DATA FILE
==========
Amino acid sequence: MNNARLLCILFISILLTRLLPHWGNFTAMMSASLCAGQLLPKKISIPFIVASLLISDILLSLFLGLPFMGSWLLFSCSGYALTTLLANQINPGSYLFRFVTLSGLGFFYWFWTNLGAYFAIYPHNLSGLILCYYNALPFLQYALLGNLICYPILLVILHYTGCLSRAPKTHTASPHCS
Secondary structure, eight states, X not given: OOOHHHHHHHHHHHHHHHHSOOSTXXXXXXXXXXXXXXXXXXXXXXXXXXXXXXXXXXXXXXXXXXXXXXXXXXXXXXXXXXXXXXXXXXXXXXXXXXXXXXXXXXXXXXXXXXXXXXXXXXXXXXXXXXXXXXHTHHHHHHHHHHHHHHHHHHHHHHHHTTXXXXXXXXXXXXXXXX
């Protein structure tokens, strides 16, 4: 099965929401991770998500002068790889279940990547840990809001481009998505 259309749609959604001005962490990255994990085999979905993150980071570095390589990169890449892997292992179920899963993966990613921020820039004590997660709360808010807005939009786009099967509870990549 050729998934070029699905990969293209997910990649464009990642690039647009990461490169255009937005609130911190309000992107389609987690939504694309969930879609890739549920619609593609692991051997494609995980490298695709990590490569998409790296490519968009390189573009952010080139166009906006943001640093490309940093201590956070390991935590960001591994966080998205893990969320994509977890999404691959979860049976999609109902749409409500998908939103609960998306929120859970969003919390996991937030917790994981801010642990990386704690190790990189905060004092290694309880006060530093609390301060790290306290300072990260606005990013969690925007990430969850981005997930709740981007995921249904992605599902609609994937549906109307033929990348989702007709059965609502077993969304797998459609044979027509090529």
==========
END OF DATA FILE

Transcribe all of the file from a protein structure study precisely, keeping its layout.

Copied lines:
Amino acid sequence: MNNARLLCILFISILLTRLLPHWGNFTAMMSASLCAGQLLPKKISIPFIVASLLISDILLSLFLGLPFMGSWLLFSCSGYALTTLLANQINPGSYLFRFVTLSGLGFFYWFWTNLGAYFAIYPHNLSGLILCYYNALPFLQYALLGNLICYPILLVILHYTGCLSRAPKTHTASPHCS
Secondary structure, eight states, X not given: OOOHHHHHHHHHHHHHHHHSOOSTXXXXXXXXXXXXXXXXXXXXXXXXXXXXXXXXXXXXXXXXXXXXXXXXXXXXXXXXXXXXXXXXXXXXXXXXXXXXXXXXXXXXXXXXXXXXXXXXXXXXXXXXXXXXXXHTHHHHHHHHHHHHHHHHHHHHHHHHTTXXXXXXXXXXXXXXXX
């Protein structure tokens, strides 16, 4: 099965929401991770998500002068790889279940990547840990809001481009998505 259309749609959604001005962490990255994990085999979905993150980071570095390589990169890449892997292992179920899963993966990613921020820039004590997660709360808010807005939009786009099967509870990549 050729998934070029699905990969293209997910990649464009990642690039647009990461490169255009937005609130911190309000992107389609987690939504694309969930879609890739549920619609593609692991051997494609995980490298695709990590490569998409790296490519968009390189573009952010080139166009906006943001640093490309940093201590956070390991935590960001591994966080998205893990969320994509977890999404691959979860049976999609109902749409409500998908939103609960998306929120859970969003919390996991937030917790994981801010642990990386704690190790990189905060004092290694309880006060530093609390301060790290306290300072990260606005990013969690925007990430969850981005997930709740981007995921249904992605599902609609994937549906109307033929990348989702007709059965609502077993969304797998459609044979027509090529």